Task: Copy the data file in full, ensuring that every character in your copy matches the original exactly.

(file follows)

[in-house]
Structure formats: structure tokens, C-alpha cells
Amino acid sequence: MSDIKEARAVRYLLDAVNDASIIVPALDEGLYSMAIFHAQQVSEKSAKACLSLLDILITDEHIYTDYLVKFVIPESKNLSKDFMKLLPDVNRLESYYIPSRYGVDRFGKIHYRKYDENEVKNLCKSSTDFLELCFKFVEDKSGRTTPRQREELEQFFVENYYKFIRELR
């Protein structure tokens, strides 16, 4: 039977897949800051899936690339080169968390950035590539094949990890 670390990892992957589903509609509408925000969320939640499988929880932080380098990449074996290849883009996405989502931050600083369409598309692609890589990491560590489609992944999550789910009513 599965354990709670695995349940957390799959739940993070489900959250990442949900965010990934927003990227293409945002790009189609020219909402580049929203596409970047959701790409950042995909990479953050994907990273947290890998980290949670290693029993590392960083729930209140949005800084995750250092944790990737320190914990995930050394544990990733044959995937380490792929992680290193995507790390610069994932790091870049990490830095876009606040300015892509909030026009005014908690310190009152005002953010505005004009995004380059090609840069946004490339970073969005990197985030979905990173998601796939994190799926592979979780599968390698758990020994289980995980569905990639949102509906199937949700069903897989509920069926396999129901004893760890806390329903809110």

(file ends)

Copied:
[in-house]
Structure formats: structure tokens, C-alpha cells
Amino acid sequence: MSDIKEARAVRYLLDAVNDASIIVPALDEGLYSMAIFHAQQVSEKSAKACLSLLDILITDEHIYTDYLVKFVIPESKNLSKDFMKLLPDVNRLESYYIPSRYGVDRFGKIHYRKYDENEVKNLCKSSTDFLELCFKFVEDKSGRTTPRQREELEQFFVENYYKFIRELR
């Protein structure tokens, strides 16, 4: 039977897949800051899936690339080169968390950035590539094949990890 670390990892992957589903509609509408925000969320939640499988929880932080380098990449074996290849883009996405989502931050600083369409598309692609890589990491560590489609992944999550789910009513 599965354990709670695995349940957390799959739940993070489900959250990442949900965010990934927003990227293409945002790009189609020219909402580049929203596409970047959701790409950042995909990479953050994907990273947290890998980290949670290693029993590392960083729930209140949005800084995750250092944790990737320190914990995930050394544990990733044959995937380490792929992680290193995507790390610069994932790091870049990490830095876009606040300015892509909030026009005014908690310190009152005002953010505005004009995004380059090609840069946004490339970073969005990197985030979905990173998601796939994190799926592979979780599968390698758990020994289980995980569905990639949102509906199937949700069903897989509920069926396999129901004893760890806390329903809110």